Remember that we deal with alcohol, cunning, baffling, powerful! Without help it is too much for us. (Alcoholics Anonymous, 1st. Edition,
How It Works, Page 58)(Emphasis added)
As we can see from the quote above, the anthropomorphism of alcoholism comes directly from The Big Book. For centuries man has debated the question of what alcoholism is or is not. Current American Medical Association dogma states that alcoholism is a disease.
1. endorses the proposition that drug dependencies, including alcoholism, are diseases and that their treatment is a legitimate part of medical practice (http://www.ama-assn.org/resources/doc/alcohol/alcoholism_treatable.pdf, retrieved 12/24/11)
However, AA itself has never directly endorsed the idea that Alcoholism is a disease. In fact, as late as 1960, Bill Wilson stated,
We have never called alcoholism a disease because, technically speaking, it is not a disease entity For example, there is no such thing as heart disease. Instead there are many separate heart ailments, or combinations of them. It is something like that with alcoholism. Therefore we did not wish to get in wrong with the medical profession by pronouncing alcoholism a disease entity. Therefore we always called it an illness, or a malady—a far safer term for us to use.(Emphasis added). (National Clergy Conference on Alcoholism, Volume 12, P199, Retrieved from http://www.silkworth.net/religion_clergy/01052.html, 12/30/2011 at 7:55 AM) (Emphasis added)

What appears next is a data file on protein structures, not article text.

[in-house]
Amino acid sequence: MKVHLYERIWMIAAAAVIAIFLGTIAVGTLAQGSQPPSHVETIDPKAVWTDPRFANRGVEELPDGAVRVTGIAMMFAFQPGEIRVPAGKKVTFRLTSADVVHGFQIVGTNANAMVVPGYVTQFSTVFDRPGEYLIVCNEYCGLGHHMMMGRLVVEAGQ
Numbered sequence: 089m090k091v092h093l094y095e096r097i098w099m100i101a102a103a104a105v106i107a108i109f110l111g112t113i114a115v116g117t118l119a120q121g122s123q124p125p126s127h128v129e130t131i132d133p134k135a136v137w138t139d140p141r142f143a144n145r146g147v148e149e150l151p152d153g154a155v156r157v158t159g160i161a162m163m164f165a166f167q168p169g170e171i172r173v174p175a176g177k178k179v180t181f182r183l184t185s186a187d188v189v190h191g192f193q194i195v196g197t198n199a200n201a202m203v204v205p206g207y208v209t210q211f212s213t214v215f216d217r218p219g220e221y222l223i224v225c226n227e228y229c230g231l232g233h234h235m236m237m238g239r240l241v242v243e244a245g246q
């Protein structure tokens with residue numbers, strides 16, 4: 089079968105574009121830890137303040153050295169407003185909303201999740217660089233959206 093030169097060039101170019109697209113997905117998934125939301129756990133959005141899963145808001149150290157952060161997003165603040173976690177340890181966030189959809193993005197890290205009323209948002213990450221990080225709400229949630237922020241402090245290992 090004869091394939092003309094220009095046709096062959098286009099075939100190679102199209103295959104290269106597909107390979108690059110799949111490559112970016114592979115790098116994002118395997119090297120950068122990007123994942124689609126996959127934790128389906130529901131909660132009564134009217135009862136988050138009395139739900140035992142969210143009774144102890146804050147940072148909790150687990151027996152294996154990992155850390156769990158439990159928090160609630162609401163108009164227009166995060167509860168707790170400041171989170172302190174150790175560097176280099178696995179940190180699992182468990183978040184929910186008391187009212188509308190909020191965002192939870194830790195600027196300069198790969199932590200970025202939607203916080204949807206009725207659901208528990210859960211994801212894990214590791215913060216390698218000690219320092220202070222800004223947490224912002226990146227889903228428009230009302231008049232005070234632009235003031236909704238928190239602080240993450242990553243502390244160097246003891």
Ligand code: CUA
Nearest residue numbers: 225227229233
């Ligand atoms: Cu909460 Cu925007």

Entity? Alcoholism is not a “disease entity”? What does that mean exactly? I understand that Bill W’s spoke these words an eternity ago in relation to current thinking on drug and alcohol addiction. By giving life to alcoholism, by referencing it as a cunning, baffling, powerful disease entity we give it an unnerving presence.
How many times have you heard an addict or alcoholic sharing their experience by mentioning that the disease had its claws into them or stole from them or wanted something from them, etc.? I am not sure it is healthy for us to refer to our disease in human or satanic terms.
By giving life to the disease, have we not disassociated our culpability for our actions and the resultant effects on our friends and loved ones? Is that wise? Is it morally or spiritually correct? I don’t pretend to know the answers to any of these questions. I have no clinical training and am trying to remember to take my inventory and leave you, dear reader, to your own.
I have never referred to my disease as being caused by anyone but me. No cunning, baffling disease entity made me do anything. Some of it is genetic (nature) and some of it environment (nurture). The nature vs. nurture argument has long been debated. I believe that we are products of both nature and nurture. But that’s it.
So, devil, get ye gone. I’ll have no part of you nor will you of me. I have faced the facts that I can’t use alcohol or drugs in safety and am man enough to know that it was me in every flawed aspect of myself that wanted and did what I did to me, my family and my friends. Now I have to live with it.
In Recovery Blog Facebook Page